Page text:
Tuesday 11 September 2012

British evangelical Christians are more frugal, ethical and generous with their money that you might think

The Evangelical Alliance has just published a new report on the beliefs and habits of evangelical Christians in the UK titled ‘Does money matter?’

It’s only twenty pages and well worth reading and you can download it as a powerpoint or a pdf (although why does the file have to be so big and couldn’t they make it easier to cut and paste text into blogs and church newsletters?).

Overall I was pleasantly surprised to see the results although I still think we have a very long way to go in order as a community to embrace Jesus’ radical teaching on money and possessions.

Anyway here are some bulleted highlights:

•25% have an annual household income of over £50,000.

•97% at some point purchased Fairtrade or ethically sourced goods.

•63% believe in tithing, and so give around 10% (or more) of their income to church, Christian organisations and various charities.

•92% agree that It is every Christian’s duty to help those in poverty.

•60% had, on more than one occasion, heard a sermon or talk about a responsible Christian attitude to money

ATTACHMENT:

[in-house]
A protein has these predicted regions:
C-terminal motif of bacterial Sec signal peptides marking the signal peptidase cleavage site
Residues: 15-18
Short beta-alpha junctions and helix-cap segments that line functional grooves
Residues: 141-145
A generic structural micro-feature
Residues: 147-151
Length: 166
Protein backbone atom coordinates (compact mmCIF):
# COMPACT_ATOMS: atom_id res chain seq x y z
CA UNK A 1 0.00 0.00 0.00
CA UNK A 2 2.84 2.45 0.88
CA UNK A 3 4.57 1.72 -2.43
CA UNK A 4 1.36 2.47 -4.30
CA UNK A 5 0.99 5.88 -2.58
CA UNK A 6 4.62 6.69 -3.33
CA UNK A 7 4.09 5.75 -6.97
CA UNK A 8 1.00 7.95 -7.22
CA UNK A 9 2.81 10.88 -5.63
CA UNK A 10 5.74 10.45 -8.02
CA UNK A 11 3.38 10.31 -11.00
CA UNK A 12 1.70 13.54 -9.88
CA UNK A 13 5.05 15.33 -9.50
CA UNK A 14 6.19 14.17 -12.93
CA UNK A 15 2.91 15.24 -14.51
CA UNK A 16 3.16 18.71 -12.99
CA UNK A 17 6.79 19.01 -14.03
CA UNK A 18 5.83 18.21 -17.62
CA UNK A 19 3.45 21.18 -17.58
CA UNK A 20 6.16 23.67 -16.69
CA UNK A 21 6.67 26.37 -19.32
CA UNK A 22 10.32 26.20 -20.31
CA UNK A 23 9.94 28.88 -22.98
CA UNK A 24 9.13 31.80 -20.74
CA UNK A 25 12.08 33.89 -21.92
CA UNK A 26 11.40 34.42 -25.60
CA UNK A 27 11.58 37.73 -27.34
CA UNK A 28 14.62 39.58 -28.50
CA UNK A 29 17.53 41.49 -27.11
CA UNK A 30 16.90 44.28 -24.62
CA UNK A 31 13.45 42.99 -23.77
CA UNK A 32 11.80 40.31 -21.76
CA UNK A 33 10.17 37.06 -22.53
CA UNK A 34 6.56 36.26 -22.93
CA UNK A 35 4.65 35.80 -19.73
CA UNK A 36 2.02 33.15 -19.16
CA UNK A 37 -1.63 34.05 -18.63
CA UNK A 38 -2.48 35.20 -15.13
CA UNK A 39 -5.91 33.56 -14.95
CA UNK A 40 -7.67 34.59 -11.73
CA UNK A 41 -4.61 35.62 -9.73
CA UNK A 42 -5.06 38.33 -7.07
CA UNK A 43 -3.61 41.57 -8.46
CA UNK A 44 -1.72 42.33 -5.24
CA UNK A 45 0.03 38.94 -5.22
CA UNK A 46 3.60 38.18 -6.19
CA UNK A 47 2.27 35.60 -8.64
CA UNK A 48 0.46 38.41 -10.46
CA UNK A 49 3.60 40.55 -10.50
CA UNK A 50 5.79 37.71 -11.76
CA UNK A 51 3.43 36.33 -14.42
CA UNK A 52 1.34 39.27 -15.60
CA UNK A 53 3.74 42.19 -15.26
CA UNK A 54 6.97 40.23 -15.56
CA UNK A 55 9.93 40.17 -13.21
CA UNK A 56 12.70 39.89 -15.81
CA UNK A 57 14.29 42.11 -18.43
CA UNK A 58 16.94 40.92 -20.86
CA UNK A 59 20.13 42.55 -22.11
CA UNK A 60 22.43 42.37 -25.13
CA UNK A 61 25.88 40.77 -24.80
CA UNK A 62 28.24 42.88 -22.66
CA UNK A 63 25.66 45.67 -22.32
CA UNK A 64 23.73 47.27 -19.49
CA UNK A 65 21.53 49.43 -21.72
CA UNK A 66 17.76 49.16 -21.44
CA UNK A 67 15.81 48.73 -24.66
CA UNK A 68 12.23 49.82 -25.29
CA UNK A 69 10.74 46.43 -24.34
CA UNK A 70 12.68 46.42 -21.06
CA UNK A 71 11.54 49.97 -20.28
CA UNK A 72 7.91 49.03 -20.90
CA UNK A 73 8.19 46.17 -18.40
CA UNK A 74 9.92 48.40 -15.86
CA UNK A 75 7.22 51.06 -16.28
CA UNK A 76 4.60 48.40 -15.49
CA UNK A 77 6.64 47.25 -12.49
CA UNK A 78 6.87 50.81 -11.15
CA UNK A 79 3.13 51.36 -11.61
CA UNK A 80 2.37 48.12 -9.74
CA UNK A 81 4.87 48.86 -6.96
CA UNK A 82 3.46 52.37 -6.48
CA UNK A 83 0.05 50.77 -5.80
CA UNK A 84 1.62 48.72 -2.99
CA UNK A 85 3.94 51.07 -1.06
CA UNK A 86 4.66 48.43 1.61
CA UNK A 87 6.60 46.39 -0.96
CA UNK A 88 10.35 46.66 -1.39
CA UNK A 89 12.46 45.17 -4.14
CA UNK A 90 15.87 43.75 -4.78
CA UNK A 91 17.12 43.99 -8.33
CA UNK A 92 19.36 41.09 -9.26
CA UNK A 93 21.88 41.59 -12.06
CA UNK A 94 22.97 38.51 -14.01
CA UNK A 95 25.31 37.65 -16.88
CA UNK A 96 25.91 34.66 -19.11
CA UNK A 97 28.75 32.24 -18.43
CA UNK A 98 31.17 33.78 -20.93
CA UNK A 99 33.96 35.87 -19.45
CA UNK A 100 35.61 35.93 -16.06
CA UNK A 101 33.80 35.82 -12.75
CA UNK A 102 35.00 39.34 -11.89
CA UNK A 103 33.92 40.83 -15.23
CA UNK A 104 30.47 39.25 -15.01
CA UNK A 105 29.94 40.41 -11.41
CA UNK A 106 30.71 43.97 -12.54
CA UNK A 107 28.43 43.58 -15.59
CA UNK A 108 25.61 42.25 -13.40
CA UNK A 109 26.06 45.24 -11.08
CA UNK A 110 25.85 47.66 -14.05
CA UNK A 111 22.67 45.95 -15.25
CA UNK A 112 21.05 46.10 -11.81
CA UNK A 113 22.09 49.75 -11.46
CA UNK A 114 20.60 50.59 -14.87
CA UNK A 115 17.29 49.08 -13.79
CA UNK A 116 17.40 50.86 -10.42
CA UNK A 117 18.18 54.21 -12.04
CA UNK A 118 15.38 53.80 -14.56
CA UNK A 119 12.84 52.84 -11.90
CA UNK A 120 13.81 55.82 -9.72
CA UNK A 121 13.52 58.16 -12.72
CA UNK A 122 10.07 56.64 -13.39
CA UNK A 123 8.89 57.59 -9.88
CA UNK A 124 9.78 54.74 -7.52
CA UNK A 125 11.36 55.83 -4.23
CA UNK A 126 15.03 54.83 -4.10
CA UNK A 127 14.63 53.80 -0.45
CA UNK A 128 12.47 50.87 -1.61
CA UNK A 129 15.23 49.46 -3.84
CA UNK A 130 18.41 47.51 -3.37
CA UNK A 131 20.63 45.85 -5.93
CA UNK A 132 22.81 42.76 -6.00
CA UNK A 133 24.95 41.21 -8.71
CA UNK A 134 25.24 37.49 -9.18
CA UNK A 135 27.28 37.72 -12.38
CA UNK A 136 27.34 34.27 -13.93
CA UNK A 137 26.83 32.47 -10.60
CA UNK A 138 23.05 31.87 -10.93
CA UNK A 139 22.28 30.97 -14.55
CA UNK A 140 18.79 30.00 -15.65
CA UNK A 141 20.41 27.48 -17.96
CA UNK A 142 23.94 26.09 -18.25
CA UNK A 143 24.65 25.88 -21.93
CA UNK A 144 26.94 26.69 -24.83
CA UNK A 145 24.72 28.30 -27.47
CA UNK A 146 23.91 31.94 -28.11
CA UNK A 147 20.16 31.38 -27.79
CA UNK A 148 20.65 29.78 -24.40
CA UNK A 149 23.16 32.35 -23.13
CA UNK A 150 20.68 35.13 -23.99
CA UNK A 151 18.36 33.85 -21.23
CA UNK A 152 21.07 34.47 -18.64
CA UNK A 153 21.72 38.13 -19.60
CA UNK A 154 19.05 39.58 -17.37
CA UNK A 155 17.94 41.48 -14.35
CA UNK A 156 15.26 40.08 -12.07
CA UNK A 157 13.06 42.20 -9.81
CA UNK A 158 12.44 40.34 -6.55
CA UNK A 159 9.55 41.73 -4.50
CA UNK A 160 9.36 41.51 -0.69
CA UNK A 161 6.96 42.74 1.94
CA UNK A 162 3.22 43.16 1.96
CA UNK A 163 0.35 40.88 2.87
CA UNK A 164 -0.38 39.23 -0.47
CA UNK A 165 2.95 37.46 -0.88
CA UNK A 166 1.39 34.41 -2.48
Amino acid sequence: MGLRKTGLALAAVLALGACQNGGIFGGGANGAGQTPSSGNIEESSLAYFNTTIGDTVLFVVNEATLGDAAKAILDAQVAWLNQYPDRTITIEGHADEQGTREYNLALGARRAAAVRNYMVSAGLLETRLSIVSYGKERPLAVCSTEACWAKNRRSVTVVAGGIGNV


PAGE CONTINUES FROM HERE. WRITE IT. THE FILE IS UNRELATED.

•18% have less than £1,000 in savings, 7% have no savings at all - and a few are millionaires.

•57% of respondents owed nothing on a mortgage or home loan and 58% had no other debts.

•14.5% - the estimated percentage of their income (after tax) given away.

•87% try to make sure their giving to churches and charities is Gift Aided so that tax can be reclaimed.

•45% attend a church which has a fund or scheme that helps people in immediate need, and 42% a church that supports or runs a foodbank.

EA General Director Steve Clifford has summed it up as follows:

‘At a time when the media is full of bad news about the failure of banking and the crisis in our economy, it seems that most Christians are modelling a better way forward. Generally, evangelicals seem to manage their finances without getting into debt. They are generous in their giving to churches and charities. They know that life is more than the things money can buy, and when they spend their money, they try to choosing fairly-traded and ethically-sourced products.’


  1. "92% agree that It is every Christian’s duty to help those in poverty"

    And 8% are either not sure or believe that it is not a christian duty to help those in poverty?

    Wow! What a damning statistic.

    What percentage of non-believers think it is the duty of society to help those in poverty?

    Are there really people who think that we shouldn't help the poor regardless of any religious belief?

    Oh, I forget; we need Jesus and Noah's Arc for people to be good.

    Unfortunately, the report doesn't seem to make any comparison with the ethics of those not in the specified group.

  2. "87% try to make sure their giving to churches and charities is Gift Aided so that tax can be reclaimed"

    How Christian ...

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